From The Telegraph:
A photograph taken in 1895 shows H G Wells whizzing along on an early bicycle, with his wife perched nervously on the handlebars. It was a characteristic choice of transport: 1895 was also the year he published The Time Machine, which carefully avoids describing the machine itself in any detail, but pauses lovingly over its “saddle”, as if Wells thought of it as little more than a customised bicycle speeding towards the future. It was one of the many bicycles that wobble their way through his fiction, like little models of the freedom and progress he championed throughout his life. Still, given the number of lovers he managed to collect over the years, as revealed in this sympathetic but clear-eyed biography, he would have been better off learning to drive a bus.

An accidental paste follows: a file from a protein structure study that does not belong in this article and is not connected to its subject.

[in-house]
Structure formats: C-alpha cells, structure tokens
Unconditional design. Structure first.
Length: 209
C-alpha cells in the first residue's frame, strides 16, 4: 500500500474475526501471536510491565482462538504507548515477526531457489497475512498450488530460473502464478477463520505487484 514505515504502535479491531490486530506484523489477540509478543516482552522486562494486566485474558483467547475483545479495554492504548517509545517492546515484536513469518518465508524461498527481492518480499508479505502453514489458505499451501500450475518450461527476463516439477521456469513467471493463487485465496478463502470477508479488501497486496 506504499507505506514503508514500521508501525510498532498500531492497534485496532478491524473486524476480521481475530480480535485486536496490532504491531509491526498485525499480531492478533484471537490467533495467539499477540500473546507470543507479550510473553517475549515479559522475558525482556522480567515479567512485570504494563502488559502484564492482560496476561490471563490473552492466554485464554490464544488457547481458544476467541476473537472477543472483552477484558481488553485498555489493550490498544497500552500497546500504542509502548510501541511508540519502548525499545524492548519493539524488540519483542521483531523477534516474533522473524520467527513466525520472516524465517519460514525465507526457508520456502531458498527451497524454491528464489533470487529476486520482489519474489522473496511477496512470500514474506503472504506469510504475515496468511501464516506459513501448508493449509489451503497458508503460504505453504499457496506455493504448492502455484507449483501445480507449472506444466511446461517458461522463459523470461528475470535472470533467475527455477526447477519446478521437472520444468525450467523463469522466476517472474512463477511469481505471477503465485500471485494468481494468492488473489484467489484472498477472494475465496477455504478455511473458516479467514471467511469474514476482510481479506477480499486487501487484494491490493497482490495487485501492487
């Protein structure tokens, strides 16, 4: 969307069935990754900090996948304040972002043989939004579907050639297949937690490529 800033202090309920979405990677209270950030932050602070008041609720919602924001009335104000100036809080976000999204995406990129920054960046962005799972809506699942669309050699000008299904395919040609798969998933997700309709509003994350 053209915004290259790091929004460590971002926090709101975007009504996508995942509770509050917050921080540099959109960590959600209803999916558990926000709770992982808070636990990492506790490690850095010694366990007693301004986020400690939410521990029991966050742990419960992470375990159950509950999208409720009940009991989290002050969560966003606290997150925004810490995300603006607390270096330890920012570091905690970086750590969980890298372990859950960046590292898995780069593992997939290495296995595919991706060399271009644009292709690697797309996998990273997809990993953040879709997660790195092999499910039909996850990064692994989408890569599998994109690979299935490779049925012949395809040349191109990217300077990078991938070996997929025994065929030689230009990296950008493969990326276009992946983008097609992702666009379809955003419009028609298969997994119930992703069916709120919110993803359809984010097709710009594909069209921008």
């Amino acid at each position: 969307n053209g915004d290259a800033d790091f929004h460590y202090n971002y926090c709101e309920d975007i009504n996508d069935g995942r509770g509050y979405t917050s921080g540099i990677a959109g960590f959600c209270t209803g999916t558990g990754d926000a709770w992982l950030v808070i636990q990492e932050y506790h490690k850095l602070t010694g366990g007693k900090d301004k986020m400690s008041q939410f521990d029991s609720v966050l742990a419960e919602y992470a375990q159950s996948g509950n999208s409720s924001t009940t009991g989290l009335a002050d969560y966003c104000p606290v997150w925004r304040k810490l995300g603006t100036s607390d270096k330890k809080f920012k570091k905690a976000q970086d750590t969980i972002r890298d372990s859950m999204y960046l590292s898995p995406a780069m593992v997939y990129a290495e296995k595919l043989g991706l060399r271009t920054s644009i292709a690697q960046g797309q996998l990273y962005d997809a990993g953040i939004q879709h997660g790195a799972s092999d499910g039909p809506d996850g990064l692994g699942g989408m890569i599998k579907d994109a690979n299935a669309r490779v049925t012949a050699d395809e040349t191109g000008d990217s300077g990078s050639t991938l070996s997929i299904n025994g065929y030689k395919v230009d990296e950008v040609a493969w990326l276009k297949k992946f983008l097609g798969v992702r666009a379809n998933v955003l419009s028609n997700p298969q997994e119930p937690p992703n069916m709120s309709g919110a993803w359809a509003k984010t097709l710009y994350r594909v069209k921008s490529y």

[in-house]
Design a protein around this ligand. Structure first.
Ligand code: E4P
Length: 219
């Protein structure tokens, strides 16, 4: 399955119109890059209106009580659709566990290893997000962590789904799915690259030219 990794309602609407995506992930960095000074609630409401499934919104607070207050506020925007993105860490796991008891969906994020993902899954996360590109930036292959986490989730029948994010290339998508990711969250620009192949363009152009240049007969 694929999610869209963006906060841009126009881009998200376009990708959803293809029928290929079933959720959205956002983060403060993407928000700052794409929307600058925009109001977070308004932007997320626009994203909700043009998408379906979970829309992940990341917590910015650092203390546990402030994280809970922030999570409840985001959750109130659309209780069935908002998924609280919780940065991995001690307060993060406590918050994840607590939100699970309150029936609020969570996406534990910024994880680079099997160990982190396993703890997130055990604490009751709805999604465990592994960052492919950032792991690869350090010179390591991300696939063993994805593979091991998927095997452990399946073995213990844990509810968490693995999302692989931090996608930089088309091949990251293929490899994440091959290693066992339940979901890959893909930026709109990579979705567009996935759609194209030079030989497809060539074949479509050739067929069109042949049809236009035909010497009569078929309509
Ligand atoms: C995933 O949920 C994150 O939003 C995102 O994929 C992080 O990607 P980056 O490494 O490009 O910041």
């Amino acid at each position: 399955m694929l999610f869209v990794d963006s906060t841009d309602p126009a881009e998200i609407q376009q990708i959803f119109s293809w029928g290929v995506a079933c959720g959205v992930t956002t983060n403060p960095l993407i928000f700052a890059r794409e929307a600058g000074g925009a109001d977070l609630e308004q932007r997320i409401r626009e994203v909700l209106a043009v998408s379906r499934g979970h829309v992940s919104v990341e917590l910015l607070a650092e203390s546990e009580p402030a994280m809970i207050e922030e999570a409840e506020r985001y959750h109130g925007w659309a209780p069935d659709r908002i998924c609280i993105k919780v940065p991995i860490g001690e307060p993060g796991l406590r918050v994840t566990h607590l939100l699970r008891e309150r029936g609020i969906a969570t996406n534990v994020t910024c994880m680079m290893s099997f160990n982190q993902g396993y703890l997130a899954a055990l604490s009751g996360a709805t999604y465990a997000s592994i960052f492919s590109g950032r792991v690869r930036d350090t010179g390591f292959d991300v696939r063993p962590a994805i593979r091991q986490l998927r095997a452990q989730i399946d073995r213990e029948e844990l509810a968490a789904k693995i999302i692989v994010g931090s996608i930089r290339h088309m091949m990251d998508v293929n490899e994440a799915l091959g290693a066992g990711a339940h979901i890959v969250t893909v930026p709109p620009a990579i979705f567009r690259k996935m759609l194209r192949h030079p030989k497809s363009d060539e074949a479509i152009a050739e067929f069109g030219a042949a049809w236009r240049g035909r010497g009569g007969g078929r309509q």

Wells’s sex life had an unpromising start. A short, weedy youth with a squeaky voice, his early experiences were limited to teenage fumbling (“hot, uncomfortable, shamefaced stuff”), and he seems to have been writing from experience when he described the disastrous wedding night of a fictional character for whom “maidenhead” means “the one on the road to Reading”.